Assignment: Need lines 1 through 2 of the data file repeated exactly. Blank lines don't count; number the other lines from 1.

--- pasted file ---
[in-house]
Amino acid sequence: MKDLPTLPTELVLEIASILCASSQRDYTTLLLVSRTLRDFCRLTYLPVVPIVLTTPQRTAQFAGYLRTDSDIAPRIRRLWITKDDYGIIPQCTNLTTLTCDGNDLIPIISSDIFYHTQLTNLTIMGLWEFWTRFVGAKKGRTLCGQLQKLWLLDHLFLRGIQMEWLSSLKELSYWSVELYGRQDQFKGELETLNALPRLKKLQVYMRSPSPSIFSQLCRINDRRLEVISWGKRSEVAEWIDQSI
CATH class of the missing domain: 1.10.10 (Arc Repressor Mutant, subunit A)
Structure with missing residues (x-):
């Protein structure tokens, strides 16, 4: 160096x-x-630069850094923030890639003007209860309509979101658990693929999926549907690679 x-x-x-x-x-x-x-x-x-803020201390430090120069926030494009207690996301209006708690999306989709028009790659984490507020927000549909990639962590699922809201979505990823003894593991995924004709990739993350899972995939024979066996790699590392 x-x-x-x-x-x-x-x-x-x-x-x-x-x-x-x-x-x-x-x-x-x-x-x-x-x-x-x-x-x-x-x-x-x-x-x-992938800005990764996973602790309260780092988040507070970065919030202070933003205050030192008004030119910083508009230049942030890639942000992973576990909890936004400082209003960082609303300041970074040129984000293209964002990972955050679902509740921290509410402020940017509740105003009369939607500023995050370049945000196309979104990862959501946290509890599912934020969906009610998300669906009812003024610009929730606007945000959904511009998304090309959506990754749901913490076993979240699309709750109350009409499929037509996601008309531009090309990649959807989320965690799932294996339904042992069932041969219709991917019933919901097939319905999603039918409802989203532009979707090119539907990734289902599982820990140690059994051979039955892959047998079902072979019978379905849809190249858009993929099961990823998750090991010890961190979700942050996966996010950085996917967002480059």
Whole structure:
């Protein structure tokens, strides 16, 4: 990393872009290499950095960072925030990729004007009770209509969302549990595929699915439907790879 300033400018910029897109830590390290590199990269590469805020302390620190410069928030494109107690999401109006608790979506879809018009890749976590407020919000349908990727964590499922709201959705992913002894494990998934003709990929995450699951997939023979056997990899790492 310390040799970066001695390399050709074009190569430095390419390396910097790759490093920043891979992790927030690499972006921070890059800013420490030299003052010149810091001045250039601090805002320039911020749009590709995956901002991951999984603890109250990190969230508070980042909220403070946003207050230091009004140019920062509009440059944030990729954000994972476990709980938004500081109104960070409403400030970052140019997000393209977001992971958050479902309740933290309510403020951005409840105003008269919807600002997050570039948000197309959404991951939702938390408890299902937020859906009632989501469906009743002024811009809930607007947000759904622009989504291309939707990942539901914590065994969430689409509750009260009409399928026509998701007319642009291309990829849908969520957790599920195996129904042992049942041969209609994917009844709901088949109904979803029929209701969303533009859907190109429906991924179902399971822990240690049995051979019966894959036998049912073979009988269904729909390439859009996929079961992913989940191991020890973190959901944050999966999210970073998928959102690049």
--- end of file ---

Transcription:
[in-house]
Amino acid sequence: MKDLPTLPTELVLEIASILCASSQRDYTTLLLVSRTLRDFCRLTYLPVVPIVLTTPQRTAQFAGYLRTDSDIAPRIRRLWITKDDYGIIPQCTNLTTLTCDGNDLIPIISSDIFYHTQLTNLTIMGLWEFWTRFVGAKKGRTLCGQLQKLWLLDHLFLRGIQMEWLSSLKELSYWSVELYGRQDQFKGELETLNALPRLKKLQVYMRSPSPSIFSQLCRINDRRLEVISWGKRSEVAEWIDQSI